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The Refreshing Authenticity of Giants QB Tommy DeVito

Giants quarterback Tommy DeVito is proudly embracing his Italian heritage and bringing a refreshing dose of authenticity to the league

When I was in my 20s I worked for a family-owned Italian restaurant in Eastpointe, Michigan, a suburb of Metro Detroit. The restaurant was opened in 1956 and still stands in its same spot to this day. It was founded by an Italian couple that immigrated to the United States in a time that saw many Italians leaving their home country for better opportunities. The restaurant stayed in the family, being passed on to the founder's kids. Throughout my exposure to the family I was impressed by how strong their ties to Italian culture was, something that I know from experience as an Arab in America can be difficult to maintain.

I am reminded of my experience at this restaurant with the emergence of Giants quarterback Tommy DeVito. As the Giants enter their bye week, DeVito has led them to two straight wins and provided a silver lining in an otherwise disappointing 4-8 season. DeVito is very much a local product, growing up in Cedar Grove, New Jersey and dominating at local high school powerhouse Don Bosco. And now thanks to injuries, DeVito is getting his moment for a team that plays in a stadium 20 minutes away from where he grew up. And he is doing with all the swagger and gusto that we would expect from an Italian-American from New Jersey. It has been without a doubt, the highlight of this season for fans of the Giants.

Embracing the Culture

Stereotypes are usually a bad thing, as they are typically rooted in racism and a refusal to embrace different cultures. We see stereotypes about just about any minority that has a sizable population in the United States. Italian-Americans are no exception to this rule. They have been portrayed as mobsters and thugs in movies like “Goodfellas” and “Casino”. They have also been portrayed as self indulgent partiers in the MTV hit show “Jersey Shore”. But there are times when these stereotypes can be reclaimed by the culture and become a cultural identifier.

Tommy DeVito, it seems, has fully embraced multiple Italian stereotypes and made them his own with great success. Coming from a Middle Eastern culture myself, I have often marveled at how similar Arab culture and ideals are to those of Italian and Greek people across the Mediterranean Sea. In Arab culture, it is often common practice for a son to live at home with his parents well into his 20s until he is ready to get married. This is also a common practice with Italian families, something that I witnessed firsthand when working at the restaurant all those years ago. So when the news came out that Tommy DeVito, a 25 year old Italian-American from Jersey, was still living at home with his parents I was not shocked at all. This is common practice culturally.

The same goes for the notion that his mother still does his laundry and cooks meals for him. In Mediterranean cultures this is very normal, despite how uncommon it may be for mainstream America to grasp. DeVito’s family came out in full force to his first home start last week against New England. Over 200 of DeVito’s family and friends came to MetLife to tailgate and celebrate the rookie's first start at home. This again reinforces the strength and importance of family in Italian-American culture that DeVito has fully embraced.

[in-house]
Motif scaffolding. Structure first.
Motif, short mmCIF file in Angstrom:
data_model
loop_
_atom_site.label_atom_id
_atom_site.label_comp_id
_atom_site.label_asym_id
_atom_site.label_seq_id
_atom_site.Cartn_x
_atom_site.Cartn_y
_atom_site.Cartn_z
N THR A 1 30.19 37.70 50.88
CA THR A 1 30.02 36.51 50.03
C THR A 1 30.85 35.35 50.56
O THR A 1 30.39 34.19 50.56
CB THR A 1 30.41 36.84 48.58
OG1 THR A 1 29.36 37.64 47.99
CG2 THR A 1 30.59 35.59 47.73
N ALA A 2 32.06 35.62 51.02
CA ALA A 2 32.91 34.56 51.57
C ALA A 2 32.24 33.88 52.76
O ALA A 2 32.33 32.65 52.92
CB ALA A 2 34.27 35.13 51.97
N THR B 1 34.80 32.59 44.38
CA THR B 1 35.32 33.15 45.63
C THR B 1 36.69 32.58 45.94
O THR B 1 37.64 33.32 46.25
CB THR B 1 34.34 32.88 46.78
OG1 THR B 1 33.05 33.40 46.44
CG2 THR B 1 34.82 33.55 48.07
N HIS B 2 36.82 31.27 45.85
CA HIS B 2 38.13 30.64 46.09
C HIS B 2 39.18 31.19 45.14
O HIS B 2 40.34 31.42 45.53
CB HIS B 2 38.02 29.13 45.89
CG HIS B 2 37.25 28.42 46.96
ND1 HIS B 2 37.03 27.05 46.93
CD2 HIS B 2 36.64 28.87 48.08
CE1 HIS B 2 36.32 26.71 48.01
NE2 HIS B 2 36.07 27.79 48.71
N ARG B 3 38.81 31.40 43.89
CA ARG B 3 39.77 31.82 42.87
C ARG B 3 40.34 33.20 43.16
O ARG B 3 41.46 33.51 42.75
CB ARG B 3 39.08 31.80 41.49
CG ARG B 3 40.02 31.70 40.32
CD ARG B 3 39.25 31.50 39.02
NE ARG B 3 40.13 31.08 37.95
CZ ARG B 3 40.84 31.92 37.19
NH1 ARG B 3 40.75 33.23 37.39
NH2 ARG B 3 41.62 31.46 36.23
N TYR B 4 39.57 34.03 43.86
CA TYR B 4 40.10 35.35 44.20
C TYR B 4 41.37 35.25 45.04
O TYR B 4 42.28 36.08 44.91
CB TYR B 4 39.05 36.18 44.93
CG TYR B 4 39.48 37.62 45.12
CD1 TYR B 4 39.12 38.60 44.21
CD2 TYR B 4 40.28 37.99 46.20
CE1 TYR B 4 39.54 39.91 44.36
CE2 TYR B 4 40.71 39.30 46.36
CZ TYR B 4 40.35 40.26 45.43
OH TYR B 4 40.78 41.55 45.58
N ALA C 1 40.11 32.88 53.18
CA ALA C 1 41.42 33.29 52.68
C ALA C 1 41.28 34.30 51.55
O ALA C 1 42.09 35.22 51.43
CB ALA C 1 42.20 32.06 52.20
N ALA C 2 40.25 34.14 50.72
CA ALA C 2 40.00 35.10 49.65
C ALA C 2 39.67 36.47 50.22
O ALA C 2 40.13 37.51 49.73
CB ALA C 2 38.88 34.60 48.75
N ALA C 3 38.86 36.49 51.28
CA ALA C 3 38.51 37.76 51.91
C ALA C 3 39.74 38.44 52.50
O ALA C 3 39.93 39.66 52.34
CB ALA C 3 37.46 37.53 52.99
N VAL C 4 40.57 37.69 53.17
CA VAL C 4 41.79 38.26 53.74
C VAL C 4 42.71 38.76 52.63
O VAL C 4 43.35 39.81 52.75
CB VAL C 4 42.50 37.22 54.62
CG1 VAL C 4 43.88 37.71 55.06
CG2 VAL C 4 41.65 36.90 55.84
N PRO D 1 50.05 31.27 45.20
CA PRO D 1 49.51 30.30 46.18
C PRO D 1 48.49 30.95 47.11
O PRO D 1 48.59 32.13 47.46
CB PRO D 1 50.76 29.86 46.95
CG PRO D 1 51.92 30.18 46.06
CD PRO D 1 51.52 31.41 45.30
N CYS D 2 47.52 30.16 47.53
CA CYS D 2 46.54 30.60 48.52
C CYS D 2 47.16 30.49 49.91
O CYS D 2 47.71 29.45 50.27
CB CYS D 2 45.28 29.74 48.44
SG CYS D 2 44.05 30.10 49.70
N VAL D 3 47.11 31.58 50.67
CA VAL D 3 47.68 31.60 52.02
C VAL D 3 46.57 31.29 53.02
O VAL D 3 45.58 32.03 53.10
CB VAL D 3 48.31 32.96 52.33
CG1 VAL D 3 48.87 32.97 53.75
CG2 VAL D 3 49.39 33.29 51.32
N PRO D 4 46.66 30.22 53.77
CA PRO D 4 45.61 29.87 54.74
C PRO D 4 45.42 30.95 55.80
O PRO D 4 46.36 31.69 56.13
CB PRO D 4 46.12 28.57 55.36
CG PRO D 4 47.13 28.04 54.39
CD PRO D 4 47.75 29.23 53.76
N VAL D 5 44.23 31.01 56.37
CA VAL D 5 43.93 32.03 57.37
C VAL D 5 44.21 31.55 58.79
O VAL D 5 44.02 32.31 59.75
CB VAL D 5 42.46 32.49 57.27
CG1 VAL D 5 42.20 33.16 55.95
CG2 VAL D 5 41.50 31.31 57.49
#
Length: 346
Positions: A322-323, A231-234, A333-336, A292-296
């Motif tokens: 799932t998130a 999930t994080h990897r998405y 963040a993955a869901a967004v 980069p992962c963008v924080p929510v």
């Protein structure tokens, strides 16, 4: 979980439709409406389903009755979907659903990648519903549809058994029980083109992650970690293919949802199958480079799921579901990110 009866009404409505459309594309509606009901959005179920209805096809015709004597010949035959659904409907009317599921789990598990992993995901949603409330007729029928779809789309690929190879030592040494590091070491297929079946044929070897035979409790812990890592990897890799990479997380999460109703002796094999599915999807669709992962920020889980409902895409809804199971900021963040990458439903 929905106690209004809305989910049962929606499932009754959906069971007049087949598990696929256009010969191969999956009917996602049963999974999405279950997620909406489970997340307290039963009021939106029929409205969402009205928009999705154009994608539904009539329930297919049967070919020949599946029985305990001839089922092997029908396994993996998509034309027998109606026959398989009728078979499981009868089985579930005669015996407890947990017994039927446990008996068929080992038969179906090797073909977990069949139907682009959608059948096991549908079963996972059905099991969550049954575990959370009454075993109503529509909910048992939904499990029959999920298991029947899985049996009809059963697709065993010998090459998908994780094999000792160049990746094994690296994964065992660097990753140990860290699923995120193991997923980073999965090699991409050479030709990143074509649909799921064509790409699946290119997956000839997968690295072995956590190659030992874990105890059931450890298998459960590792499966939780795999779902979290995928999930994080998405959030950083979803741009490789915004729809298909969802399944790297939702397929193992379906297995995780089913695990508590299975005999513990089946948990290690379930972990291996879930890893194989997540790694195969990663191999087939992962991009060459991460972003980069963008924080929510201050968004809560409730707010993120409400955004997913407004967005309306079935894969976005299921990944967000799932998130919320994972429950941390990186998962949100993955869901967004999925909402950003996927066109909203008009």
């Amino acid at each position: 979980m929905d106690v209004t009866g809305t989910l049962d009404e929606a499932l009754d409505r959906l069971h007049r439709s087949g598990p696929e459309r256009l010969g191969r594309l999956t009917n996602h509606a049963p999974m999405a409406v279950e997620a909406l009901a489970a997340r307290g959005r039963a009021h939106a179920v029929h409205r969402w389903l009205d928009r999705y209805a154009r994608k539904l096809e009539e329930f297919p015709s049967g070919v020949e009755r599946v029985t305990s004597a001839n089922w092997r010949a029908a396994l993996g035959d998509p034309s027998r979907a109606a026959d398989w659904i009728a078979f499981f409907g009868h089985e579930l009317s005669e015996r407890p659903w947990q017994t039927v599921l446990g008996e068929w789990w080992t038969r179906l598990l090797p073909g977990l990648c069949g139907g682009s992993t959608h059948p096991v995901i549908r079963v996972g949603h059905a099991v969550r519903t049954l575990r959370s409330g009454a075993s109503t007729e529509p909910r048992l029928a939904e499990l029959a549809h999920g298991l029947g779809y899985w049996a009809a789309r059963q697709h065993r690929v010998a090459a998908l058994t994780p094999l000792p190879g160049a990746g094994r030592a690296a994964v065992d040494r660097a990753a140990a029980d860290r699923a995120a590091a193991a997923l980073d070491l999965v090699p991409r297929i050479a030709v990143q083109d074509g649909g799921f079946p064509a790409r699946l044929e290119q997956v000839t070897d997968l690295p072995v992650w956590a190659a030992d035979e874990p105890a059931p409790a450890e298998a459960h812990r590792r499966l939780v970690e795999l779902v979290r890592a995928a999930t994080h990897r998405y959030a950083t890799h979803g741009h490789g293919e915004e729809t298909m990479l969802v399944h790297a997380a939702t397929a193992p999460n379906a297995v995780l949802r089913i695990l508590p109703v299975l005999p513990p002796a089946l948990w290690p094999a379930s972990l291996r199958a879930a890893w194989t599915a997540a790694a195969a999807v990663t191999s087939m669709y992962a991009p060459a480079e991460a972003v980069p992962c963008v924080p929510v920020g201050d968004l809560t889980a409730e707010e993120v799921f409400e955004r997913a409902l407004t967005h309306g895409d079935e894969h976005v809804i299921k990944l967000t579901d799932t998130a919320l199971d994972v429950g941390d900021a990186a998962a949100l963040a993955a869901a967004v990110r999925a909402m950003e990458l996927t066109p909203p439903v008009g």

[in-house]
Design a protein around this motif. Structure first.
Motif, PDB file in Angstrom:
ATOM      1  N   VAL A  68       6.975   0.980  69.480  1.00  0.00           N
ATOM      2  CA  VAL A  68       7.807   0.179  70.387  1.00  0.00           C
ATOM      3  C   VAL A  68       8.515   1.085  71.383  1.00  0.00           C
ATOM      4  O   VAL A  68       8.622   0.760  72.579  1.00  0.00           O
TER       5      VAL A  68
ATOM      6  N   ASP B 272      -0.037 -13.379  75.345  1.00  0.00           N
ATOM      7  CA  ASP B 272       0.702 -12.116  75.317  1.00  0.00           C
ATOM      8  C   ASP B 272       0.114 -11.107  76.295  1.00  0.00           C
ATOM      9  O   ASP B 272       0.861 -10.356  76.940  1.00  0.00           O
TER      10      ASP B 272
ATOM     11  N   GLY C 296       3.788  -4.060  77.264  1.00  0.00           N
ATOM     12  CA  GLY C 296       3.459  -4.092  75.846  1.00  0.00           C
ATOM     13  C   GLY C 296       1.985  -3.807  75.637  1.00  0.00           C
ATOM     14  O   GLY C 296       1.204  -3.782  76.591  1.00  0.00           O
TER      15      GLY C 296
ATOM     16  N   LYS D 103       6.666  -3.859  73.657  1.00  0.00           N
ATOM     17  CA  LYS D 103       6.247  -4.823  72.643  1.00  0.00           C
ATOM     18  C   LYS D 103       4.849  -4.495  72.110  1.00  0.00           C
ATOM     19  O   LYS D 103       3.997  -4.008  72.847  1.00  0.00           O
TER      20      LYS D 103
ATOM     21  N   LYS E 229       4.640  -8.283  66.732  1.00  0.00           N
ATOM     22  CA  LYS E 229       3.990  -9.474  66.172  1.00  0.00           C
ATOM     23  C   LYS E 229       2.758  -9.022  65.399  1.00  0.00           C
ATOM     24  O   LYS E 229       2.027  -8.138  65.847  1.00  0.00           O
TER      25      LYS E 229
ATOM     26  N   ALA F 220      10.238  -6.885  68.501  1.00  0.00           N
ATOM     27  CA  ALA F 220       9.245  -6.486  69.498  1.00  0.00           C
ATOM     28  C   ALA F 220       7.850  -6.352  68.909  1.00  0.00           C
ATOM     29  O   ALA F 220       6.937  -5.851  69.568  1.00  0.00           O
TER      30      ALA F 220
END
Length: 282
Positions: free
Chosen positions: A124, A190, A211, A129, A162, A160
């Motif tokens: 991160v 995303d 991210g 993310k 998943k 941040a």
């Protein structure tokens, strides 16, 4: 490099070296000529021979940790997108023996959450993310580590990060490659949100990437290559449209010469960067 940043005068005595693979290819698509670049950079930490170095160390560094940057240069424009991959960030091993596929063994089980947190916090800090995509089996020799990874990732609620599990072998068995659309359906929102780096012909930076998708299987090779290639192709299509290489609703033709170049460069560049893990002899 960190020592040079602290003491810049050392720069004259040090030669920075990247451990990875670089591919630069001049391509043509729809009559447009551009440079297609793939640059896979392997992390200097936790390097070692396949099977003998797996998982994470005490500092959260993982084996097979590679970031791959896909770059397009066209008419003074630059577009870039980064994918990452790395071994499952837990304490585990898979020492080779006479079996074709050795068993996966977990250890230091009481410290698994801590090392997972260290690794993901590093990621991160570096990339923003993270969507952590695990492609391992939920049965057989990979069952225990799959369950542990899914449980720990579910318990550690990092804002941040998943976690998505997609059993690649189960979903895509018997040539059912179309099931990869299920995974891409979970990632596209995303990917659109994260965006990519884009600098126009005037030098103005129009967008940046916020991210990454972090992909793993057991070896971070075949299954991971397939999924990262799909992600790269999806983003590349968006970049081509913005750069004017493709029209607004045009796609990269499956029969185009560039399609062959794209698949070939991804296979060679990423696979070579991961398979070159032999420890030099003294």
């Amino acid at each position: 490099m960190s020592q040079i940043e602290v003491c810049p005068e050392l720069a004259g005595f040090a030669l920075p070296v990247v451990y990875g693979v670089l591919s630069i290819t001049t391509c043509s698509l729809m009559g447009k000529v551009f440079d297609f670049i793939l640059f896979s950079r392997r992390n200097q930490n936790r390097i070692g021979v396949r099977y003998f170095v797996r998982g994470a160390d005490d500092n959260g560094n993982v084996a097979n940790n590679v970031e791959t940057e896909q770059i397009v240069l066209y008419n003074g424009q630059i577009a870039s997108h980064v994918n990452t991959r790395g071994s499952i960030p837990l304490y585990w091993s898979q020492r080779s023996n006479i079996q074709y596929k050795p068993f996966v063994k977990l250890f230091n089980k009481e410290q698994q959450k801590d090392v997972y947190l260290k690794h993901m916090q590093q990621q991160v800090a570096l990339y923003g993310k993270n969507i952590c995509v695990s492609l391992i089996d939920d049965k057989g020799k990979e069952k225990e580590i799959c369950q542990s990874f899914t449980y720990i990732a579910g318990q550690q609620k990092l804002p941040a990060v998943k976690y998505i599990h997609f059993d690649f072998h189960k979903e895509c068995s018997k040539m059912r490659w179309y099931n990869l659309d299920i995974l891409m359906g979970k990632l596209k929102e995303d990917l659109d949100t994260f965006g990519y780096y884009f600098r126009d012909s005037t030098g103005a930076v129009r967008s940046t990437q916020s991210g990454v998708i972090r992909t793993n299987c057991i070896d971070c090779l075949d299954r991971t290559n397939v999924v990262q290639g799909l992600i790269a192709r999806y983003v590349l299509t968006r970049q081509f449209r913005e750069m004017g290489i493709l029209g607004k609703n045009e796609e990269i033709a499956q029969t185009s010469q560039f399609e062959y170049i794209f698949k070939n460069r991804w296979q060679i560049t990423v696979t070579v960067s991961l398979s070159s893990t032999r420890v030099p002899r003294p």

Lastly, is what DeVito has called “Jersey Juice”. The braggadocio and swagger that comes with being an Italian growing up in New Jersey. DeVito has it, and so does his family. The gold chains, the cigars, the hand gestures. All of it. It is all just so aggressively and unabashedly Italian. More than anything, DeVito embracing his culture proudly and loudly is a piece of emotion and authenticity that we often do not see from our favorite athletes and that is a breath of fresh air.

Celebrating Authenticity

Quite often when we hear athletes speak these days we don’t get much substance. In an era of sound bites and content aggregation, athletes tend to keep things as business proper as possible. Never coming off too emotional or critical is the name of the game to avoid headlines. A team that was masterful at this was the New England Patriots during the Tom Brady era. The answers were always unremarkable and came off with the same “on to Cincinnati” tone of Bill Belichick.

But in Tommy DeVito we have someone that is trying something new: being himself. DeVito is unabashedly an Italian from Jersey, and proud of it. His success, however fleeting in this lost Giants season, should be celebrated by Italian-Americans everywhere from New Jersey to Chicago. Having players that proudly represent a group of people is a great thing. As an Arab-American I was thrilled when Robert Saleh was hired as head coach of the New York Jets, even if I wasn’t a Jets fan. There is something special about having someone that a community of people can feel proud of.

It is even more special when that person is putting a light-hearted and fun spotlight on a culture that defines those same people. No one knows what the future holds for Tommy DeVito for the rest of the season. This might be the highlight of his career or he may be on to bigger and better things. But what we do know is that he is someone that is very comfortable just being himself and a representative for New Jersey and Italian-Americans. And that alone deserves to be celebrated.

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